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Bob Wyman wrote:
> Rick Marshall wrote:
>>this interview seems to me to be simply a display of ignorance.
> I think you're being a bit harsh there. On the other hand, I
> was a disappointed by the arrogance that she shows when she compares
> programmers to mathematicians and says: "Programmers are "average"
> folks; they have to be, since programming is a profession of millions
> of people, many without college degrees. "
This opinion seems well-informed enough. The average programmer is a
fairly average person in most respects, including intelligence and
training. She is right, this must be so because the current technology
requires too many programmers for it to all be done by exceptional people.
When people discuss movement of programming jobs from the West to the
East, for example, they tend to emphasise the abilities of Eastern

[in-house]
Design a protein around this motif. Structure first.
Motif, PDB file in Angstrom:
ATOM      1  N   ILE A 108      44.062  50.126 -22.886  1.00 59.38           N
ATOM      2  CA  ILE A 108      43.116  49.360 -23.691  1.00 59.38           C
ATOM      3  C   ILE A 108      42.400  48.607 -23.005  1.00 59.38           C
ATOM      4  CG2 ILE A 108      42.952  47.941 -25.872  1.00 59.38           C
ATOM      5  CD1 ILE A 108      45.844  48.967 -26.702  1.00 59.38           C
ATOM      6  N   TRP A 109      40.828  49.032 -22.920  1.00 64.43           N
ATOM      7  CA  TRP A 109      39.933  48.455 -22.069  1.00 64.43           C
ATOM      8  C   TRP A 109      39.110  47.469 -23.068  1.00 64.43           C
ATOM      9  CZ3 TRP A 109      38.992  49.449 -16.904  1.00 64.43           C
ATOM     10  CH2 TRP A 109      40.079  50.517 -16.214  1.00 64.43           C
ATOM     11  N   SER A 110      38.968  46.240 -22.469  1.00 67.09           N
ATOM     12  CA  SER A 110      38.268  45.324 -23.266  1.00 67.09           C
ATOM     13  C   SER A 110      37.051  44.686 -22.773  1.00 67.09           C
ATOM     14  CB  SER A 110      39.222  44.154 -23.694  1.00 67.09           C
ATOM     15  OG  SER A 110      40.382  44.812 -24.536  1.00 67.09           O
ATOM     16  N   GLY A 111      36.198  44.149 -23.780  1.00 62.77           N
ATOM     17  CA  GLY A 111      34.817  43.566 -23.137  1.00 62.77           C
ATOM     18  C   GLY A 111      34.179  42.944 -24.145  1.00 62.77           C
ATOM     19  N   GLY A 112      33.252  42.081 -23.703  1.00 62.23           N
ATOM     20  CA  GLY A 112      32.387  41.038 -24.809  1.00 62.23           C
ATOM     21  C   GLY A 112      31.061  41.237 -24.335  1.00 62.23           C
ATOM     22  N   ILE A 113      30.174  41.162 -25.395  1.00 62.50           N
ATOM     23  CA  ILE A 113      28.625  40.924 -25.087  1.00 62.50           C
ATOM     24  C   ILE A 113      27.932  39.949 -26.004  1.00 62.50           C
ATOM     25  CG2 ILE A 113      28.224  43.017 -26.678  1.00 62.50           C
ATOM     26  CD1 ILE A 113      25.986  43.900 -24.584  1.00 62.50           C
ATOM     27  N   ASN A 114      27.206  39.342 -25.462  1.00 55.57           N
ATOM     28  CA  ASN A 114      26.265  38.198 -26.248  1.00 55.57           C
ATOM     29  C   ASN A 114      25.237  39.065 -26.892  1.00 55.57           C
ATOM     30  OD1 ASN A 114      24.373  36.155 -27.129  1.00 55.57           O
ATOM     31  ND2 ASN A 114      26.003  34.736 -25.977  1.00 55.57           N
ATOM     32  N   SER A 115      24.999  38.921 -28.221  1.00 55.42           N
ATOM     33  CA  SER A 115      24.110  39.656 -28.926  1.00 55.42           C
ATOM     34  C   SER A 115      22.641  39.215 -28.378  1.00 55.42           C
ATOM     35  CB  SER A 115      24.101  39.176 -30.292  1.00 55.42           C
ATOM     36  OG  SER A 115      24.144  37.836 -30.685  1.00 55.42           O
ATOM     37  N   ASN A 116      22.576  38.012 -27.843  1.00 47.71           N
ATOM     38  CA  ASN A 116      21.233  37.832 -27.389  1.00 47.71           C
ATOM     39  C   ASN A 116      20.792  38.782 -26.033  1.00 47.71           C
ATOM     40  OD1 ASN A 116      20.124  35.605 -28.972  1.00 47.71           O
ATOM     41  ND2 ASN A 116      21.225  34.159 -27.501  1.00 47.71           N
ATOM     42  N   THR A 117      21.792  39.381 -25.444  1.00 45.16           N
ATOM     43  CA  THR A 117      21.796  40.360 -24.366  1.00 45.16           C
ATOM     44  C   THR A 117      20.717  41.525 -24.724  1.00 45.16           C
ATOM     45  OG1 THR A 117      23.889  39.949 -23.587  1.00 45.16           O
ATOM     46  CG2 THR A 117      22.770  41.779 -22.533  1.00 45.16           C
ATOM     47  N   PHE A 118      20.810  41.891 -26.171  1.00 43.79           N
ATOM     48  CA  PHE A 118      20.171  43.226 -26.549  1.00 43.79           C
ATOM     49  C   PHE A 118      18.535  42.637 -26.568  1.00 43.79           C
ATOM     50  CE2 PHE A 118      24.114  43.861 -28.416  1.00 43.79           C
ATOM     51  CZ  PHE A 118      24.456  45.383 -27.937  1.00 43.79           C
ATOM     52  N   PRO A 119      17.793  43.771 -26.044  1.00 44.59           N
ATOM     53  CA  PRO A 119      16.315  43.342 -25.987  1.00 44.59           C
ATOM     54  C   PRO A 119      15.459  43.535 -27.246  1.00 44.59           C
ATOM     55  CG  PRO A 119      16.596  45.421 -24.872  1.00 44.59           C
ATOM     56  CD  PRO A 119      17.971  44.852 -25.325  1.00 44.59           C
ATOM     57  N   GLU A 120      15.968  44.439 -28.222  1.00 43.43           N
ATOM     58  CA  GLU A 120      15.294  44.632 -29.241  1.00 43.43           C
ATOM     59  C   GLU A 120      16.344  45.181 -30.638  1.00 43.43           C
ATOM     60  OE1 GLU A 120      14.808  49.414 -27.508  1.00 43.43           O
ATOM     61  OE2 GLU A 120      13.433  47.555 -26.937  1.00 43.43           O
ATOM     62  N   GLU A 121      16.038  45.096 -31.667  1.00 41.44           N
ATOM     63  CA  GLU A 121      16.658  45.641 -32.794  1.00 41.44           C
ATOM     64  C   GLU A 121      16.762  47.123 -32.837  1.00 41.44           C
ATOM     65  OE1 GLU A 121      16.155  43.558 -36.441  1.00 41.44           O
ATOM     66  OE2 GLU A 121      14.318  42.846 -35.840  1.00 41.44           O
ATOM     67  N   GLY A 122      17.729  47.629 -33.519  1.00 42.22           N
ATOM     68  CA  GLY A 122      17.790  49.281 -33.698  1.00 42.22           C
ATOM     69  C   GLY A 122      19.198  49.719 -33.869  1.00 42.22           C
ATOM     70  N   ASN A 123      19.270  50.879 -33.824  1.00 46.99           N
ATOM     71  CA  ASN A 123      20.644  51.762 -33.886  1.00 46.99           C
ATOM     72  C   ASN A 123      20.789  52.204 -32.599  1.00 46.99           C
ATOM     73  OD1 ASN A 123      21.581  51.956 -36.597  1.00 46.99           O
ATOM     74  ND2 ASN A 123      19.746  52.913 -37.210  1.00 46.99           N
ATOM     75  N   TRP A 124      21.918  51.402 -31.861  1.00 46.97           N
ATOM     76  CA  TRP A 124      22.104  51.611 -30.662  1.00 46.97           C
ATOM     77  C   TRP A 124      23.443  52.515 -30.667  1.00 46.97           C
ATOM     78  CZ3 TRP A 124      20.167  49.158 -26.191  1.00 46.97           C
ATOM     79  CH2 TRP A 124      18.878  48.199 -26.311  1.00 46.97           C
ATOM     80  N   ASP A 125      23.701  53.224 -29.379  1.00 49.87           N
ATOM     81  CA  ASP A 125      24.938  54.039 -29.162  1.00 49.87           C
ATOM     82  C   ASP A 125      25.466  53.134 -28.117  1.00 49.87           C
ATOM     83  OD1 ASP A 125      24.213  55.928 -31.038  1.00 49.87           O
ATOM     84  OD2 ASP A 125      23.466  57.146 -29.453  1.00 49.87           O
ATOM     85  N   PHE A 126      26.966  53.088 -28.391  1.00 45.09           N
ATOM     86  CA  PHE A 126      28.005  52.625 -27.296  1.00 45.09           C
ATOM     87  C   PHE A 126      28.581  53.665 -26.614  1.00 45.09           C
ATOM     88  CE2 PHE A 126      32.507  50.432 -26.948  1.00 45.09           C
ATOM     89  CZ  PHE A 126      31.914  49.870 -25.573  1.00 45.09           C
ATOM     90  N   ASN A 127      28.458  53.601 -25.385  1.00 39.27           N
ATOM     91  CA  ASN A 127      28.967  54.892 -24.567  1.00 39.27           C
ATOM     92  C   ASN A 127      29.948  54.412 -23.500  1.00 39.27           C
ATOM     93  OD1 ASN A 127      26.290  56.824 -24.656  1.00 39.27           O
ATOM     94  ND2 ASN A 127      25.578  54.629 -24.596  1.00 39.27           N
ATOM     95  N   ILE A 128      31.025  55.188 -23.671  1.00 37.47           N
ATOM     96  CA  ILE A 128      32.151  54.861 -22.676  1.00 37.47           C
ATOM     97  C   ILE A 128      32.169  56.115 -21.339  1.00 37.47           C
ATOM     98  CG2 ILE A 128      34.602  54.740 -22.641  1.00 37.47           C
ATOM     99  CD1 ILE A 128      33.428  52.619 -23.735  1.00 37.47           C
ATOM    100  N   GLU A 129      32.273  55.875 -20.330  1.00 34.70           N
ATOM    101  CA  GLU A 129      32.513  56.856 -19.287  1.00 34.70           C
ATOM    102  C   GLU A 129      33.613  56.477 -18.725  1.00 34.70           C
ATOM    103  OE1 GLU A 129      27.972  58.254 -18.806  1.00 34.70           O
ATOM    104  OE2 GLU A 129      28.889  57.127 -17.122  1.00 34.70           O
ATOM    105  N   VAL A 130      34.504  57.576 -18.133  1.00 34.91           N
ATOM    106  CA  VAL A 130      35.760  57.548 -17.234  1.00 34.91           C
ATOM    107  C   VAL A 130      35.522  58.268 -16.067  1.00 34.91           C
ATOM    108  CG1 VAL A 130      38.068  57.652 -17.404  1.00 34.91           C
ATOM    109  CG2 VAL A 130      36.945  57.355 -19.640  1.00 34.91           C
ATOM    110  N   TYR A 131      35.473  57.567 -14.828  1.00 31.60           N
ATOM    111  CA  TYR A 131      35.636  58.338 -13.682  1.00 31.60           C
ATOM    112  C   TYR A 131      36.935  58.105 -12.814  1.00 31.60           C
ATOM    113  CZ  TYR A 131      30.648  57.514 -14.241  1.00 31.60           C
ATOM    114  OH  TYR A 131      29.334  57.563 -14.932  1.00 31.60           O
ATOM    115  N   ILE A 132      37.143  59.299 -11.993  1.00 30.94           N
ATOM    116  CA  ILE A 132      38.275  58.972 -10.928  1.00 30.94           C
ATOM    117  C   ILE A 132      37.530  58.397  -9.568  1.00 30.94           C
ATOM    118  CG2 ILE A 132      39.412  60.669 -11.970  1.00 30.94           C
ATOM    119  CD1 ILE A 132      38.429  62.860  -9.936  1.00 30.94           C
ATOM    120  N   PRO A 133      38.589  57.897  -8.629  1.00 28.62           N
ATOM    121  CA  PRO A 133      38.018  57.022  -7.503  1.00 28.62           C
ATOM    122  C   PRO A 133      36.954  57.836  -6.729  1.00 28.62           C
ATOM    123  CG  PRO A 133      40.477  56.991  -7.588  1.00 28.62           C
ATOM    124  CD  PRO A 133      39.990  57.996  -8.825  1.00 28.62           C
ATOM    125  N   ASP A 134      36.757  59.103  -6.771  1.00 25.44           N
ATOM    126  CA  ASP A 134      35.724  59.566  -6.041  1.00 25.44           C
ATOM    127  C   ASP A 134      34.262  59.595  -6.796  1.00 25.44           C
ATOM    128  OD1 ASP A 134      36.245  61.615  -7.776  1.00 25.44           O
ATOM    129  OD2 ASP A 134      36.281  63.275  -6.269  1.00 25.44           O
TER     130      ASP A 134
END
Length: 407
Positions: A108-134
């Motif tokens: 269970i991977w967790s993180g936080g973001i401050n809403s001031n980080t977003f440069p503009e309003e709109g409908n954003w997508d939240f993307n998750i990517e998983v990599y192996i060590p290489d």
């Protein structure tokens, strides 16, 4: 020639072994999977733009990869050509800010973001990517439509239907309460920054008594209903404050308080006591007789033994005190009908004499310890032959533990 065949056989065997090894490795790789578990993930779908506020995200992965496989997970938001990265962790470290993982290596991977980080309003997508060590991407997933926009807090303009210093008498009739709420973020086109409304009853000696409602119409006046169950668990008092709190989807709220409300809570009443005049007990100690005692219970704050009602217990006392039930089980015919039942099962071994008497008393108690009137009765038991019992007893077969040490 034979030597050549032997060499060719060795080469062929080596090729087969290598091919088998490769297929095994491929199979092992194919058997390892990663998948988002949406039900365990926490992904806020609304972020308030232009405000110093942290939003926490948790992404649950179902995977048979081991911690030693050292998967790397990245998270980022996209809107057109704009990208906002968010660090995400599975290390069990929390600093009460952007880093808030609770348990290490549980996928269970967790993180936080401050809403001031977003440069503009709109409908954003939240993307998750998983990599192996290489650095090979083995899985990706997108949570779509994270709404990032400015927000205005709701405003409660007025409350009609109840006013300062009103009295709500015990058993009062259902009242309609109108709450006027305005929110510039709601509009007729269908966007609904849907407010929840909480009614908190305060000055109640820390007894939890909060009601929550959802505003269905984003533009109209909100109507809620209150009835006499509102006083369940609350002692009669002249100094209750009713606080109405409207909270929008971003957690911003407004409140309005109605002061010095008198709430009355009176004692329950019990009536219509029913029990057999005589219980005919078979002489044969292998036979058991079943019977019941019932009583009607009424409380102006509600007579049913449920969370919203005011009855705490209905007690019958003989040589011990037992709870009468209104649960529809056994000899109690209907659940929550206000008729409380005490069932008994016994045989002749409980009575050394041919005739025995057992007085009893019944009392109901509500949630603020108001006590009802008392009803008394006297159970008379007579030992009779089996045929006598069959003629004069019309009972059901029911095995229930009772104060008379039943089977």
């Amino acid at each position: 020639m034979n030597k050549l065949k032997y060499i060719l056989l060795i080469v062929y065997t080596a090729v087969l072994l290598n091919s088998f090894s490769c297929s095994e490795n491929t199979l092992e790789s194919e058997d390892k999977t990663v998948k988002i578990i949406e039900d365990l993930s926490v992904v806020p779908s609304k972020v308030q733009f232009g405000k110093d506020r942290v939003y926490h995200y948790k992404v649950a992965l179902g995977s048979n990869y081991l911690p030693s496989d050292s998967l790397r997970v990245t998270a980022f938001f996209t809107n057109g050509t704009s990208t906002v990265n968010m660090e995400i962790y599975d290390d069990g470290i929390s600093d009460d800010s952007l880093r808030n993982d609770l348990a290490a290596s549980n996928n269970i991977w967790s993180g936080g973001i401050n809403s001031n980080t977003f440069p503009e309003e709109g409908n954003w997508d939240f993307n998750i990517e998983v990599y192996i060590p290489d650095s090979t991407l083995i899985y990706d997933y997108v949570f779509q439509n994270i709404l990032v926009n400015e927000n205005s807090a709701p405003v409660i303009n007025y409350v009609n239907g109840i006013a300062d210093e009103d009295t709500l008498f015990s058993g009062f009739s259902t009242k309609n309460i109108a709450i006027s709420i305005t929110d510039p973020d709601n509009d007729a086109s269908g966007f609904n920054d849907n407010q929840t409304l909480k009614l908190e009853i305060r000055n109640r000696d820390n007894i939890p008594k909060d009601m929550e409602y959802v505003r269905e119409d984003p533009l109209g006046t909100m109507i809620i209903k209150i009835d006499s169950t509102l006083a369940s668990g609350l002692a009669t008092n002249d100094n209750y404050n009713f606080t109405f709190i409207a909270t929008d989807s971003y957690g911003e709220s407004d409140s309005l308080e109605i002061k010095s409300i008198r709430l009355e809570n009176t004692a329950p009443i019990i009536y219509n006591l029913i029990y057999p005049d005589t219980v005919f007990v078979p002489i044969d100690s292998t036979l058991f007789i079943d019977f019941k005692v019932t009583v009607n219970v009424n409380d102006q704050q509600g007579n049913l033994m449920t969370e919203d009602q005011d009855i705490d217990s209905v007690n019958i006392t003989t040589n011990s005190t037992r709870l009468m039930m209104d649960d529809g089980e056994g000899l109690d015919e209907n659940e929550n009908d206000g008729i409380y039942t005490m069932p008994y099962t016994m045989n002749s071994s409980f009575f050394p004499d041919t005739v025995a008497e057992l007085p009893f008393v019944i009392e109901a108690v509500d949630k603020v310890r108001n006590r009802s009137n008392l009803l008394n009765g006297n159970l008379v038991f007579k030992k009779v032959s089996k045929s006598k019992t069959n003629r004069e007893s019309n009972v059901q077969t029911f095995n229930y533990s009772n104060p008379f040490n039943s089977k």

programmers, rather than accept the idea that many programming tasks
aren't so difficult to begin with.
> Well, I don't have a college degree and I've contributed one
> heck of a lot more to the software business than tens of thousands of
> Computer Science PhD's have. The same can be said of "average" college
> drop-outs like Bill Gates, etc. Frankly, I have never found that the
> possession of an advanced degree is a very useful measure of a
> developer's skills or utility. If nothing else, the schools all seem
> to focus their advanced students to the point where they often aren't
> useful dealing with the broadly defined problem sets typical of the
> real world.
I hear you that universities don't do a good job of training
programmers, but it's no good railing against the arrogance of people
with advanced degrees. After all, that is sort of the point.
> Spending your life in school doesn't make you special. It's
> what you do once you get out that counts.
> bob wyman